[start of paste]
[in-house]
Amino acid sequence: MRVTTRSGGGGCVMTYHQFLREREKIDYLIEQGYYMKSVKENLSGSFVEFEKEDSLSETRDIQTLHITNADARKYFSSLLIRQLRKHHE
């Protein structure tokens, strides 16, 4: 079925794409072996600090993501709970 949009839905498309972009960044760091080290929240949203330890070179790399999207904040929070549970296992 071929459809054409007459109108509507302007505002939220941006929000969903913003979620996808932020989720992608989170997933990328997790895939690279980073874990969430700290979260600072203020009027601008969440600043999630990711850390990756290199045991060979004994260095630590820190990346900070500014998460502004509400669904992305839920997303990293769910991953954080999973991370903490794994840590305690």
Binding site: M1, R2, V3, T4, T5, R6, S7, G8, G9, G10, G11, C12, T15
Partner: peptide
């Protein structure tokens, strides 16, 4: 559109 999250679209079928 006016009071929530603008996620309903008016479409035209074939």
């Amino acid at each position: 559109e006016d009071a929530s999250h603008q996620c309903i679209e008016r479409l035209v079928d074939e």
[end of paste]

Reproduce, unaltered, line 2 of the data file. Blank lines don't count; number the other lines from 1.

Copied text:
Amino acid sequence: MRVTTRSGGGGCVMTYHQFLREREKIDYLIEQGYYMKSVKENLSGSFVEFEKEDSLSETRDIQTLHITNADARKYFSSLLIRQLRKHHE